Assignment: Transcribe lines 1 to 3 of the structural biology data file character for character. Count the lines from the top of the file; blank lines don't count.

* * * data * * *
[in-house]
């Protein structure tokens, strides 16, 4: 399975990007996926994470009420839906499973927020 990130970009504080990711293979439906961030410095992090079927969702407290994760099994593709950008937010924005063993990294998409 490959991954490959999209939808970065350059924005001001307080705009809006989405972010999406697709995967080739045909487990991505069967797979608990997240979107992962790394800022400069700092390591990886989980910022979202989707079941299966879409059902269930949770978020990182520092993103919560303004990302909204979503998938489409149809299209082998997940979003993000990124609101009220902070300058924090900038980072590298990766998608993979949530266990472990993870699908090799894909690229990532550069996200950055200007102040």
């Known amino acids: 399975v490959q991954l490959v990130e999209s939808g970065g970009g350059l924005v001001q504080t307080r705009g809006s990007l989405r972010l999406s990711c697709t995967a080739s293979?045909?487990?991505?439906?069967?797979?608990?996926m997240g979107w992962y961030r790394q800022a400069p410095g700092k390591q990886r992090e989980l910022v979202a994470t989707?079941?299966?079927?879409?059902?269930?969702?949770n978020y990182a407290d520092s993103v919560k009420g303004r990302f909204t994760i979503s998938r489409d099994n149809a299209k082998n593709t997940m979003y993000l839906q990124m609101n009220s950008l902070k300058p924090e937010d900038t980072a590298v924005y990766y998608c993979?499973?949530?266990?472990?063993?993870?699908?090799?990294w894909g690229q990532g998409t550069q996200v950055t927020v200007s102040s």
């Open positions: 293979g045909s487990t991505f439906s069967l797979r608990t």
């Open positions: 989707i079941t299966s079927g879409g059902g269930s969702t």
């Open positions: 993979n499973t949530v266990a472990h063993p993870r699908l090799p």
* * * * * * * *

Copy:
[in-house]
């Protein structure tokens, strides 16, 4: 399975990007996926994470009420839906499973927020 990130970009504080990711293979439906961030410095992090079927969702407290994760099994593709950008937010924005063993990294998409 490959991954490959999209939808970065350059924005001001307080705009809006989405972010999406697709995967080739045909487990991505069967797979608990997240979107992962790394800022400069700092390591990886989980910022979202989707079941299966879409059902269930949770978020990182520092993103919560303004990302909204979503998938489409149809299209082998997940979003993000990124609101009220902070300058924090900038980072590298990766998608993979949530266990472990993870699908090799894909690229990532550069996200950055200007102040």
């Known amino acids: 399975v490959q991954l490959v990130e999209s939808g970065g970009g350059l924005v001001q504080t307080r705009g809006s990007l989405r972010l999406s990711c697709t995967a080739s293979?045909?487990?991505?439906?069967?797979?608990?996926m997240g979107w992962y961030r790394q800022a400069p410095g700092k390591q990886r992090e989980l910022v979202a994470t989707?079941?299966?079927?879409?059902?269930?969702?949770n978020y990182a407290d520092s993103v919560k009420g303004r990302f909204t994760i979503s998938r489409d099994n149809a299209k082998n593709t997940m979003y993000l839906q990124m609101n009220s950008l902070k300058p924090e937010d900038t980072a590298v924005y990766y998608c993979?499973?949530?266990?472990?063993?993870?699908?090799?990294w894909g690229q990532g998409t550069q996200v950055t927020v200007s102040s």